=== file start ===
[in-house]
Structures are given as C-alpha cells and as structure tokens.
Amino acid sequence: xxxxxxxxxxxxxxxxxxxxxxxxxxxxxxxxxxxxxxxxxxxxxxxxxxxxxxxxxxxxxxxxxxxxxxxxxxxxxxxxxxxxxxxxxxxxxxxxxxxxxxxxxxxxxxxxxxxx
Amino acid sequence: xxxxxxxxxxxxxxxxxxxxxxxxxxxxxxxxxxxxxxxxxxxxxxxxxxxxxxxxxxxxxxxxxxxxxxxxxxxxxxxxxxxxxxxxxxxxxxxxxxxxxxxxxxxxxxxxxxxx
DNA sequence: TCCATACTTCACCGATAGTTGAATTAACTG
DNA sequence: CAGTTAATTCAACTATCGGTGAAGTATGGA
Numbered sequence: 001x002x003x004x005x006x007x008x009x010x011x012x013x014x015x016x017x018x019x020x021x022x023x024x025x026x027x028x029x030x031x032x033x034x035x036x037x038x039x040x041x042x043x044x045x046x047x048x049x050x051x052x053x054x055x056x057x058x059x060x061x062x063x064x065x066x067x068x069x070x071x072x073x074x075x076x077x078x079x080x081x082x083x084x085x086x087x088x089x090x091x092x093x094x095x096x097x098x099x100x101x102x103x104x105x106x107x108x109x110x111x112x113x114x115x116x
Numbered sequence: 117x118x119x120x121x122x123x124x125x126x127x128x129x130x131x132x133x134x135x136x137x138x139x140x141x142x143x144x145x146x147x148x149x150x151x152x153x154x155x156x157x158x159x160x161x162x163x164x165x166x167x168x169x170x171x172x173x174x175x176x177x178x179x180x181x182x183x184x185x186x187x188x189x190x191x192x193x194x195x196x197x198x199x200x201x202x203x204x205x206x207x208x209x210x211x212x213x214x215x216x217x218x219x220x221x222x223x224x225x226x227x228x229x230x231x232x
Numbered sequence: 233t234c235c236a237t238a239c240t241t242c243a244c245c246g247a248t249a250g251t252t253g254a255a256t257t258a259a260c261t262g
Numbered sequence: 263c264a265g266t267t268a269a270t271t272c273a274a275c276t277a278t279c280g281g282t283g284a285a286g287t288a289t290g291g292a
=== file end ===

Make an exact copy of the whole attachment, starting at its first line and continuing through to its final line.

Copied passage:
[in-house]
Structures are given as C-alpha cells and as structure tokens.
Amino acid sequence: xxxxxxxxxxxxxxxxxxxxxxxxxxxxxxxxxxxxxxxxxxxxxxxxxxxxxxxxxxxxxxxxxxxxxxxxxxxxxxxxxxxxxxxxxxxxxxxxxxxxxxxxxxxxxxxxxxxx
Amino acid sequence: xxxxxxxxxxxxxxxxxxxxxxxxxxxxxxxxxxxxxxxxxxxxxxxxxxxxxxxxxxxxxxxxxxxxxxxxxxxxxxxxxxxxxxxxxxxxxxxxxxxxxxxxxxxxxxxxxxxx
DNA sequence: TCCATACTTCACCGATAGTTGAATTAACTG
DNA sequence: CAGTTAATTCAACTATCGGTGAAGTATGGA
Numbered sequence: 001x002x003x004x005x006x007x008x009x010x011x012x013x014x015x016x017x018x019x020x021x022x023x024x025x026x027x028x029x030x031x032x033x034x035x036x037x038x039x040x041x042x043x044x045x046x047x048x049x050x051x052x053x054x055x056x057x058x059x060x061x062x063x064x065x066x067x068x069x070x071x072x073x074x075x076x077x078x079x080x081x082x083x084x085x086x087x088x089x090x091x092x093x094x095x096x097x098x099x100x101x102x103x104x105x106x107x108x109x110x111x112x113x114x115x116x
Numbered sequence: 117x118x119x120x121x122x123x124x125x126x127x128x129x130x131x132x133x134x135x136x137x138x139x140x141x142x143x144x145x146x147x148x149x150x151x152x153x154x155x156x157x158x159x160x161x162x163x164x165x166x167x168x169x170x171x172x173x174x175x176x177x178x179x180x181x182x183x184x185x186x187x188x189x190x191x192x193x194x195x196x197x198x199x200x201x202x203x204x205x206x207x208x209x210x211x212x213x214x215x216x217x218x219x220x221x222x223x224x225x226x227x228x229x230x231x232x
Numbered sequence: 233t234c235c236a237t238a239c240t241t242c243a244c245c246g247a248t249a250g251t252t253g254a255a256t257t258a259a260c261t262g
Numbered sequence: 263c264a265g266t267t268a269a270t271t272c273a274a275c276t277a278t279c280g281g282t283g284a285a286g287t288a289t290g291g292a